Sunday evening, the Texas Tech football program answered the offseason’s biggest question by sending out a Tweet containing a 26-second video of Tyler Shough calling plays during a recent practice. The text of the Tweet simply read “QB1”.

With that, former Oregon transfer Tyler Shough was named the 2022 starter in a move that should surprise no one.  Despite missing the final eight games of last season and having started only eleven total contests at the collegiate level, Shough was the clear frontrunner when this QB competition began and he never did anything to relinquish his lead over Donovan Smith or Behren Morton.

"I first want to praise all three of our quarterbacks as this was an unbelievable competition," Red Raider coach Joey McGuire said. "Tyler has played well and put our offense in position to be effective consistently throughout camp, which has earned him the right to be our starting quarterback. Tyler has a great football IQ and has really captured what we want this offense to look like with the type of responsibility we put on the quarterback.
 
"As I've said all along, though, we fully intend for Red Raider fans to see all three of these QBs throughout the season. This is as gifted as a room as I've ever seen, and I'm willing to put the depth of our quarterback position against anyone else in the country. I know both Donovan (Smith) and Behren (Morton) will be ready when called upon as they have certainly earned the respect of myself and their teammates."

In a way, this feels like the safe play, which coaches are almost genetically predisposed to make.  The oldest and most experienced option that McGuire and offensive coordinator Zach Kittley had in their QB room, Shough has the highest floor of any QB on the roster.   In other words, were he to play at his worst, it would be better than either Smith or Morton would be at their worst.

The time for the other two QBs will come eventually.  Both are talented enough to lead a Big 12 program.  For now, though, it is Shough’s team to run.

Last season, Shough was off to a solid start as a Red Raider before a collar bone injury prematurely ended his season.  Completing 69.4% of his passes, he threw for 872 yards and six touchdowns despite playing in only four games (the final of which he exited in the first quarter with his collar bone injury).

For his career, he’s been a 66.4% passer while amassing 22 touchdowns and throwing nine picks.  But he’s never spent a full season leading a collegiate offense.

Shough’s first season at Oregon (2019) was spent as the primary backup to now Los Angeles Chargers quarterback Justin Herbert.  Then, as a sophomore in 2020, he split time with Anthony Brown, who provided the Ducks with more of a running threat.  What’s more, we must keep in mind that 2020 was the season shortened by COVID-19, the season in which Oregon played only seven games, all of which Shough started.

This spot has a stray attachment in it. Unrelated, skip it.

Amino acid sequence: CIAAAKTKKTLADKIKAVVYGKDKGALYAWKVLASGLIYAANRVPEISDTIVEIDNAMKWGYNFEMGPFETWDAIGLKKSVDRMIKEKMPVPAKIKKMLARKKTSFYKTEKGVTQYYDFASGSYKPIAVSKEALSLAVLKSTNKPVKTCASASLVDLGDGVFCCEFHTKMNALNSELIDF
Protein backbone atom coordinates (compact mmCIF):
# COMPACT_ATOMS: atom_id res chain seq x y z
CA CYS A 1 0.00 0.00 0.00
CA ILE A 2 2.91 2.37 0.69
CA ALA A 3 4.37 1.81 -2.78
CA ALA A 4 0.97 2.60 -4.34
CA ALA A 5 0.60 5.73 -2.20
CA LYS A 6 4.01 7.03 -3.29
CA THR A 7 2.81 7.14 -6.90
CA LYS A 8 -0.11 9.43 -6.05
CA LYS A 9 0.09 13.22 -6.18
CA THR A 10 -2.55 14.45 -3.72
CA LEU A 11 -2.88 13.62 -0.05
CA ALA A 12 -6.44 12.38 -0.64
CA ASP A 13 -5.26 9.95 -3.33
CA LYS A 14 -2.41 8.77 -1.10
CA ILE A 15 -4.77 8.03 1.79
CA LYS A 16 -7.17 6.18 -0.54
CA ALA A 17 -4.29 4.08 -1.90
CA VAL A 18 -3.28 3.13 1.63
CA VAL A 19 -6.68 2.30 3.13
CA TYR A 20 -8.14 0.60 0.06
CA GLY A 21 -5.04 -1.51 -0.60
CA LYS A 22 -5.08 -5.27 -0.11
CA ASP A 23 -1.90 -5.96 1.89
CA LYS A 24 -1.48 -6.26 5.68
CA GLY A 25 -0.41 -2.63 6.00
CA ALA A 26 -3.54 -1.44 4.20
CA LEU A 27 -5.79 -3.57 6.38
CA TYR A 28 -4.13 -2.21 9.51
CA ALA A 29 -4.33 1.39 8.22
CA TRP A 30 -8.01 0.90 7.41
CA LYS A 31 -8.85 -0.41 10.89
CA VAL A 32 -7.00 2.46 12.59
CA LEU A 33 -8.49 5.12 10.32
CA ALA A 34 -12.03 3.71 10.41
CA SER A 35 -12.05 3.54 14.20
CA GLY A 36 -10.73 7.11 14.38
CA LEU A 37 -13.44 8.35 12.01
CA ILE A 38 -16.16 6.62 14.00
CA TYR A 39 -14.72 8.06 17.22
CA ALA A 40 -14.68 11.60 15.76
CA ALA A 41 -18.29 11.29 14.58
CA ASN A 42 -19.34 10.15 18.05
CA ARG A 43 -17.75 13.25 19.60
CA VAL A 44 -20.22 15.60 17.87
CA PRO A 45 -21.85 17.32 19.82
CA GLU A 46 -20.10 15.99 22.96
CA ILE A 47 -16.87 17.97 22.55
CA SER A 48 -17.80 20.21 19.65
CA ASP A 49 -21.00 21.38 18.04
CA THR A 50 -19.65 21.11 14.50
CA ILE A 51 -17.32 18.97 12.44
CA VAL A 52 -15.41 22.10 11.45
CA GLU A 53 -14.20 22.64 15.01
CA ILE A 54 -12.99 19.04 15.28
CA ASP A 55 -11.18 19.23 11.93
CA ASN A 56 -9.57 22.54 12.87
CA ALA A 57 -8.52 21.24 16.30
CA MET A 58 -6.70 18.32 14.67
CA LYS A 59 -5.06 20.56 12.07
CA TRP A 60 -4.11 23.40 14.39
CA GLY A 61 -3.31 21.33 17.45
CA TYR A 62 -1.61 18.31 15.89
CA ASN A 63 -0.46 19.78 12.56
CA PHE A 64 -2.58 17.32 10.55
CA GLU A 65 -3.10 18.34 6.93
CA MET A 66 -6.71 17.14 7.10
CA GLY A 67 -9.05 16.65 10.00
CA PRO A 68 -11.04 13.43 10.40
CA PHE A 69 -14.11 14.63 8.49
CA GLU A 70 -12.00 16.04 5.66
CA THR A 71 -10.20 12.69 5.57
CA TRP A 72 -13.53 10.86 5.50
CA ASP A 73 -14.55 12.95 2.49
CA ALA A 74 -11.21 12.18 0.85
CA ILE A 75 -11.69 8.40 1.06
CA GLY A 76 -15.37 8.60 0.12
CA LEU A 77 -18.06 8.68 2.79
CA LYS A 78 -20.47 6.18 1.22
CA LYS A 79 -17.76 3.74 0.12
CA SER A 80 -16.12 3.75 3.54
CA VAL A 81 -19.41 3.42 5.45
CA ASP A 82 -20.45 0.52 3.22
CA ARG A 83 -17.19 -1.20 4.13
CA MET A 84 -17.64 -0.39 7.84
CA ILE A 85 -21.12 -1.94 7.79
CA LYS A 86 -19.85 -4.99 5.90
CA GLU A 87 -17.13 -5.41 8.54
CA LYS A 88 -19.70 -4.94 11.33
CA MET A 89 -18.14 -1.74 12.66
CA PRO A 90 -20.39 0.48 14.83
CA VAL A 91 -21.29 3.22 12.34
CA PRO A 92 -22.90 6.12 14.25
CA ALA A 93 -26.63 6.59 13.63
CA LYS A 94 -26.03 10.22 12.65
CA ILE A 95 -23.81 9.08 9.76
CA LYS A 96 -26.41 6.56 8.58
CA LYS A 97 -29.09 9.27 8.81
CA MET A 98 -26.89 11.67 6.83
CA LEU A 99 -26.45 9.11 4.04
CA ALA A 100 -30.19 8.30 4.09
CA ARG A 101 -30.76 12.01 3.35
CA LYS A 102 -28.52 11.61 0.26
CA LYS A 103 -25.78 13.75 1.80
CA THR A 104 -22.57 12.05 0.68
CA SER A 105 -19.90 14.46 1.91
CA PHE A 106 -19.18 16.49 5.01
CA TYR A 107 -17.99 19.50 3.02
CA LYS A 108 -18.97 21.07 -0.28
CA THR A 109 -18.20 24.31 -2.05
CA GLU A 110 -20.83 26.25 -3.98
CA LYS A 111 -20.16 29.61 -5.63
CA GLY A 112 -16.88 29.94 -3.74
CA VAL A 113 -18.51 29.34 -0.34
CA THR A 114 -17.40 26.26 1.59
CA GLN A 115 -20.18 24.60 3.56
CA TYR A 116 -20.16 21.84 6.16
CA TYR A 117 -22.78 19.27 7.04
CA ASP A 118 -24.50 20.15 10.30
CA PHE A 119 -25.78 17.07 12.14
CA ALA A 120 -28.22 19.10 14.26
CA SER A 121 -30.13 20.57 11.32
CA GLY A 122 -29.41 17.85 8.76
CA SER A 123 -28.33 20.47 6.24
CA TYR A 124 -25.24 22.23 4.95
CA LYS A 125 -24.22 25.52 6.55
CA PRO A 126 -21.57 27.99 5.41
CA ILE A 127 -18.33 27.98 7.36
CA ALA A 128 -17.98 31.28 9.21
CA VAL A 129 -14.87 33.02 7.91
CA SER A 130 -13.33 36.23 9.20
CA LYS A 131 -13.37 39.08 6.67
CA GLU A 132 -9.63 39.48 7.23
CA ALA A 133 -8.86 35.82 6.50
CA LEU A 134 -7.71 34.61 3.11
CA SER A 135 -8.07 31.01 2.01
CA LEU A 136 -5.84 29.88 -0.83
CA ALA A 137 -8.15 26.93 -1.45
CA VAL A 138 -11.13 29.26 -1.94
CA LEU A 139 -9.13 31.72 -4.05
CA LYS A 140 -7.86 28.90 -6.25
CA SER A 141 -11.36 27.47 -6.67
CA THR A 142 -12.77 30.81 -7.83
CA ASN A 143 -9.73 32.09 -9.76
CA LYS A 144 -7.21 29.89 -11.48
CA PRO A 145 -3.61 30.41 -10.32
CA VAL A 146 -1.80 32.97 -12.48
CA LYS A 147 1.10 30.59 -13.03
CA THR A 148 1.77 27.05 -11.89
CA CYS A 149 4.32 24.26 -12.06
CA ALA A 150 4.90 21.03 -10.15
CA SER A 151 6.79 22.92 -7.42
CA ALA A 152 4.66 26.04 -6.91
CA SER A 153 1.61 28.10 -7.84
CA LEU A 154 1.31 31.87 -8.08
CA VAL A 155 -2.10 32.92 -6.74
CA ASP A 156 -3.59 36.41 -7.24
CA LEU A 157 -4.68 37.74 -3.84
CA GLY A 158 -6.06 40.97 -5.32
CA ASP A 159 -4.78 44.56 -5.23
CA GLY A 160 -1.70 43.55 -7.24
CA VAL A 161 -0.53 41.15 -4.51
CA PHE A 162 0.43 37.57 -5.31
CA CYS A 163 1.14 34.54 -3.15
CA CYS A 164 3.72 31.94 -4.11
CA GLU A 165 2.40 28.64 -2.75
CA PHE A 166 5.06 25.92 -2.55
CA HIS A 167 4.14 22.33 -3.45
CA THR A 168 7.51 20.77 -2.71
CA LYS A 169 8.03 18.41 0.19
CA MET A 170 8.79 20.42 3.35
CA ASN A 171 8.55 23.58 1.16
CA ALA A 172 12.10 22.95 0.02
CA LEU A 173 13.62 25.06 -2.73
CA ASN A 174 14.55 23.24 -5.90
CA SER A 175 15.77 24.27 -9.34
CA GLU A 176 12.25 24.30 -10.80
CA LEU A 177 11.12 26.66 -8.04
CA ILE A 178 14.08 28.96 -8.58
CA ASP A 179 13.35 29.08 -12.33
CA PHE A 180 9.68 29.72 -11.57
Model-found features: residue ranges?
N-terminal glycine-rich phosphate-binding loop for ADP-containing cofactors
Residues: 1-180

That led to last year when Shough was finally given the opportunity to be a full-time starter.  He began the season throwing for 231 yards and a TD as Tech beat Houston in the season opener.  A week later, he was not sharp as he completed only 12 of 22 passes for 174 yards as Tech narrowly escaped an upset bid by FCS opponent Stephen F. Austin.  That night, he was also picked off twice.

In week three, Shough would have his best game yet as a collegiate, though it came against lowly Florida International.  With 399 yards through the air on 26-35 passing, he had four TDs as the Red Raiders rolled to a blowout win.

Unfortunately, that would be about all we would see of Shough though as he would attempt only 11 passes (completing 9) against Texas in week four before he was lost for the duration of 2021.  Interestingly, on the play in which he was hurt, it was Shough’s feet that got Tech into the endzone as he scrambled for a six-yard TD.  As he dove over the goal line, he landed awkwardly on his shoulder which resulted in his collarbone injury.

Almost a calendar year later, Shough is back and his right arm will go a long way toward determining how McGuire’s first season as a head coach will play out.  Can Shough finally give Tech the type of QB play that the program has been yearning for since the end of the Pat Mahomes era?  Can he stay healthy for an entire season?  Can he be one of the best QBs in the Big 12?

Those are queries that will be addressed over the next three-plus months now that the offseason’s predominant question has been answered.

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